March 27, 2014
Planetary rings aren't reserved exclusively for the likes of Saturn, Jupiter, Uranus and Neptune. A team of astronomers found a centaur – a minor planet with characteristics of both asteroids and comets – in our solar system that has two rings.
Artist's impression of Chariklo with it's two rings. Credit: ESO/L. Calçada/M. Kornmesser/Nick Risinger
The centaur in question is Chariklo, discovered in 1997. It is currently the largest known centaur with a diameter of 250 kilometres. Part of its orbit lies between Saturn and Uranus.
As Chariklo passed in front of a distant star in June 2013, seven telescopes located mostly in South America observed a dip in star's luminosity as the centaur passed in front of it and blocked its light. Only one of them had a camera sensitive enough to notice two additional, shorter dips in brightness. European Southern Observatory's La Silla telescope noticed one dip before and one after the longer dip which obviously represented Chariklo.
After comparing data from all telescopes, lead author of a study published in yesterday's edition of Nature magazine, Felipe Braga-Ribas of the National Observatory in Rio de Janeiro, Brazil, and his team figured out that two shorter dips must come from two rings only 3 and 7 kilometres wide. This was surprising, considering the size of Chariklo.
"We thought that maybe having rings was linked with the mass of the object. So finding them on a small object was very unexpected," Braga-Ribas says.
Previous observations have shown the composition of Chariklo changing from time to time, which was puzzling. However, if the rings made of ice were one time seen head-on and other side-on, it could explain those inconsistent observations.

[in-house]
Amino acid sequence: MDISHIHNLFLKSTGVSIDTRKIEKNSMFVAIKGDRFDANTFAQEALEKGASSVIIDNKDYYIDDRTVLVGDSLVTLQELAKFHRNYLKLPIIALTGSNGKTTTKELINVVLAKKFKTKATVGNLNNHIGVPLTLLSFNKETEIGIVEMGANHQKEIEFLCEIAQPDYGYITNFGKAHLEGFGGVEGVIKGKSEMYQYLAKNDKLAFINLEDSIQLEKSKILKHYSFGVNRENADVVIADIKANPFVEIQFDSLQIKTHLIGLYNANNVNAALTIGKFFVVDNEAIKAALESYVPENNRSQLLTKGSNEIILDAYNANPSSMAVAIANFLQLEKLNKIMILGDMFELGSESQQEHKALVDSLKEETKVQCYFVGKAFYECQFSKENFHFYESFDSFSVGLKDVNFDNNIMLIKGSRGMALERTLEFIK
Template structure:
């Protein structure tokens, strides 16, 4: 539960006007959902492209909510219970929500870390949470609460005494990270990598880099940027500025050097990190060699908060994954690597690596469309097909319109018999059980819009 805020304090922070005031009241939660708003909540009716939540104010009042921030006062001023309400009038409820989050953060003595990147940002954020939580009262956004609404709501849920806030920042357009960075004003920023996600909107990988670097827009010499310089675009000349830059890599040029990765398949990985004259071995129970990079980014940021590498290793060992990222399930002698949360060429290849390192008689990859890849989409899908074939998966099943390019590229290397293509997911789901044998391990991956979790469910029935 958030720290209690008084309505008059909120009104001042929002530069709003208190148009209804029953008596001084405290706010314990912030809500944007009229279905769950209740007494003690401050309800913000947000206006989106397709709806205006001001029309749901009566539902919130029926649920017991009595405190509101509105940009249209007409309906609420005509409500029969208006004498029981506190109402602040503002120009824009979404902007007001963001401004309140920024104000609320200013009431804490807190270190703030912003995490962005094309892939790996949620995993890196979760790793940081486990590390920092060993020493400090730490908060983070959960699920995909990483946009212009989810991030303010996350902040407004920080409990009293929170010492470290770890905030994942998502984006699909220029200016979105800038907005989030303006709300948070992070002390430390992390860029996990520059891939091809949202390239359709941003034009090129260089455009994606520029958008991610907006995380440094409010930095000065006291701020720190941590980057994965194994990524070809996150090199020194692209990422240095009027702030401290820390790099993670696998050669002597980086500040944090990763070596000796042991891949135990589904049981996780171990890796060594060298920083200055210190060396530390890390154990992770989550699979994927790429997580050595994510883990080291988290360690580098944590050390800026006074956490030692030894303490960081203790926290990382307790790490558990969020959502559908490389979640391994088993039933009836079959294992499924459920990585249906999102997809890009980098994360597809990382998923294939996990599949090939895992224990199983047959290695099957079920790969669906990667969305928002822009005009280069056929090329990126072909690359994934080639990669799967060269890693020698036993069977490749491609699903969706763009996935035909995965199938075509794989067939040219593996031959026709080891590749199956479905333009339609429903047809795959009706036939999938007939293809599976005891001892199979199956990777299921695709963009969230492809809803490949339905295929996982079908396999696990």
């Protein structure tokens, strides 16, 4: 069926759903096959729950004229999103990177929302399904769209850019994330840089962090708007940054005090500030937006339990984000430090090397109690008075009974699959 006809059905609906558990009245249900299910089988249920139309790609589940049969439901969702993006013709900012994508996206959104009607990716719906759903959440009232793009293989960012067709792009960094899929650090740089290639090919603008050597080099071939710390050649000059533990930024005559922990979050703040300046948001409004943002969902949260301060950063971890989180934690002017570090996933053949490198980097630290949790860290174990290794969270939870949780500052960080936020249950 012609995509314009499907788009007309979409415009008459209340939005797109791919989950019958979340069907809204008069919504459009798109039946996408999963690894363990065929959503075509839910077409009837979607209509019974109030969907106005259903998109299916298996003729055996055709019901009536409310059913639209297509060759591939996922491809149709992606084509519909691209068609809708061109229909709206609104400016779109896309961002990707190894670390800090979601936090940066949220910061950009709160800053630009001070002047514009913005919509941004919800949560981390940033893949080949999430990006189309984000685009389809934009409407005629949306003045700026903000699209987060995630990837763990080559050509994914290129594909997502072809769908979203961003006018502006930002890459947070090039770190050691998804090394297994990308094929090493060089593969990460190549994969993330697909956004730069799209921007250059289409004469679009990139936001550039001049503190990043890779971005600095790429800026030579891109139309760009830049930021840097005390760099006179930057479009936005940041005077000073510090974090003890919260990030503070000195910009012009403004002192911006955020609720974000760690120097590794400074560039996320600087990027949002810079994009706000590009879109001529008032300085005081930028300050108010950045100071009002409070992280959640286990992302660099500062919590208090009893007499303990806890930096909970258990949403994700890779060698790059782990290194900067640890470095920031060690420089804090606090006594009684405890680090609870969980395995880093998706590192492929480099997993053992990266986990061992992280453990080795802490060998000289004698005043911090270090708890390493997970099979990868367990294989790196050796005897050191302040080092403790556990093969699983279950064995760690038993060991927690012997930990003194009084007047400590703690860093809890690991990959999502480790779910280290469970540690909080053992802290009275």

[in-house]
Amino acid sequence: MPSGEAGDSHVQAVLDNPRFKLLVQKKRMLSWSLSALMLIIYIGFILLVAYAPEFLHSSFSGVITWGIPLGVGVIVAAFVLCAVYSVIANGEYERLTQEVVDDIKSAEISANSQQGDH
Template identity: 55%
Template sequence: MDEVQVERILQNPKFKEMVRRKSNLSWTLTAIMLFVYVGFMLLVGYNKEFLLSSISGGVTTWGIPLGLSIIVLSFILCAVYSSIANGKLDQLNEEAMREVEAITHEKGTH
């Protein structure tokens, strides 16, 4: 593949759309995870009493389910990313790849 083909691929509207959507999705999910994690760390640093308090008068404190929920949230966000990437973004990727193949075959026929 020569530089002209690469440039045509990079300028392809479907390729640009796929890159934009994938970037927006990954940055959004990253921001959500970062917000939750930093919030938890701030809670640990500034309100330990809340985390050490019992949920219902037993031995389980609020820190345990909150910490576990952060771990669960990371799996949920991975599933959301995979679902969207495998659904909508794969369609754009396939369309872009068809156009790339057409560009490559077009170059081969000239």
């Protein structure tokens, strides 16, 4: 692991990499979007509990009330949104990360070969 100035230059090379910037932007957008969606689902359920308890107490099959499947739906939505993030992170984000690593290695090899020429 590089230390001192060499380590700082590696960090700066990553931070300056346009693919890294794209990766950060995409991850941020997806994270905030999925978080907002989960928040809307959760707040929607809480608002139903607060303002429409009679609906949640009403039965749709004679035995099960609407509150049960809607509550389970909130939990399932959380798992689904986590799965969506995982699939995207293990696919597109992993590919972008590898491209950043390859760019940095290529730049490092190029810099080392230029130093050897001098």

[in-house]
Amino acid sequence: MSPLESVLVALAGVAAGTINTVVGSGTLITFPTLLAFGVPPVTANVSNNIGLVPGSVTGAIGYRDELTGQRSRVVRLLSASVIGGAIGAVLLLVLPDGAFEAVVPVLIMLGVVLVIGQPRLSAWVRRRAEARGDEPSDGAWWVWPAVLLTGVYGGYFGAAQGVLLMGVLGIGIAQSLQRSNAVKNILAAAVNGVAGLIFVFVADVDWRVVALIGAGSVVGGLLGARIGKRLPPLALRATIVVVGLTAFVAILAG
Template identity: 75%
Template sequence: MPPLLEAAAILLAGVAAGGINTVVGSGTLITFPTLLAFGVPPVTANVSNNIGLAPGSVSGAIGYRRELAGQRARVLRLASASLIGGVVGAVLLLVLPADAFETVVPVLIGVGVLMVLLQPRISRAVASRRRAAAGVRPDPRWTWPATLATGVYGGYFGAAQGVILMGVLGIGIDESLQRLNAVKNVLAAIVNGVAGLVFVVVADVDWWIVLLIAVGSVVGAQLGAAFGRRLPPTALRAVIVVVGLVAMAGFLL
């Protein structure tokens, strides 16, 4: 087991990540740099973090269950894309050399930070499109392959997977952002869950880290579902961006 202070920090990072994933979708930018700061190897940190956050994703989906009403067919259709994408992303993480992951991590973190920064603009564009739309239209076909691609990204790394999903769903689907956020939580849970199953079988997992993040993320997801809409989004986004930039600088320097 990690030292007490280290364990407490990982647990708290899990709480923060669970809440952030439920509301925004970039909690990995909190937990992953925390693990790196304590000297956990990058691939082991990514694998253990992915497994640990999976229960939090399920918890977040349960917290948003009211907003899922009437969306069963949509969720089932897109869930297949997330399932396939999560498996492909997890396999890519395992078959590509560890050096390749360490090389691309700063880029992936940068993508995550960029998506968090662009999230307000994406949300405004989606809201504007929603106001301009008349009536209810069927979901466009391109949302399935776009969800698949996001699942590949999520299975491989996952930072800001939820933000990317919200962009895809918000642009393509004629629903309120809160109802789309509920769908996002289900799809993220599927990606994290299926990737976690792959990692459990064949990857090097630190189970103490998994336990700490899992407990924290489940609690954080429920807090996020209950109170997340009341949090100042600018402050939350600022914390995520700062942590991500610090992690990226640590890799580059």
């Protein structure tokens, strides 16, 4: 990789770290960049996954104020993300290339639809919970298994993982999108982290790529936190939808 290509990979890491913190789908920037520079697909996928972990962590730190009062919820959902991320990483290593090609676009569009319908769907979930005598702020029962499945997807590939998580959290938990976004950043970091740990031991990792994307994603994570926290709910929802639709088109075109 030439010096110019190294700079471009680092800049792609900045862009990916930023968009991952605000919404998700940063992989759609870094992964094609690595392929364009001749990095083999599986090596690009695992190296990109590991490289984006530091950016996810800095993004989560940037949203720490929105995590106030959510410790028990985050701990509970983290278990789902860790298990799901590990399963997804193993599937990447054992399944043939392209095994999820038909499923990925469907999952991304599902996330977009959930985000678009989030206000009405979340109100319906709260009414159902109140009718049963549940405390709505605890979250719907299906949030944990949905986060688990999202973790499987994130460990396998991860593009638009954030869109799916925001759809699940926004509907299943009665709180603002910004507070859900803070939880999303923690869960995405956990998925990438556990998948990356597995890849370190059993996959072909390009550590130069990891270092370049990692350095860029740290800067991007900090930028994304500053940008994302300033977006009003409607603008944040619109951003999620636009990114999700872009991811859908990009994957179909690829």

How were planetary rings formed and remain stable is a mystery. It is possible the material spun off with time as Chariklo rotated. If there was a collision involved, it must have been a small and slow one, because a centaur with the diameter of 250 kilometer doesn't have gravitational pull strong enough to keep fast-moving objects in its orbit.
As far as the stability of rings is concerned, astronomers haven't found any yet, but one or more small moons could be orbiting Chariklo among the rings and keeping together the material rings are made from. Further studies are sure to follow and when we find out what those rings are made of, we will probably have more answers about their origin and how they remain stable.
"The shepherd mechanism seems to be universal from the giant planets to the small minor planet," Braga-Ribas said. "This mechanism may be acting in other kinds of debris discs, such as proto-planetary nebulae and galaxies."
Although this observation comes as a surprise, other small objects in the Kuiper belt and between orbits of gas giants, like Chariklo, could have rings. They are small and dark and thus not easy to study, so it's a small wonder we only now found one with rings. Inner planets don't have rings because solar winds are too strong and blow away small pieces of dust and ice before they can form rings, but all four outer gas giants have rings, most famous of which are those around Saturn and so could centaurs and dwarf planets, despite their low mass.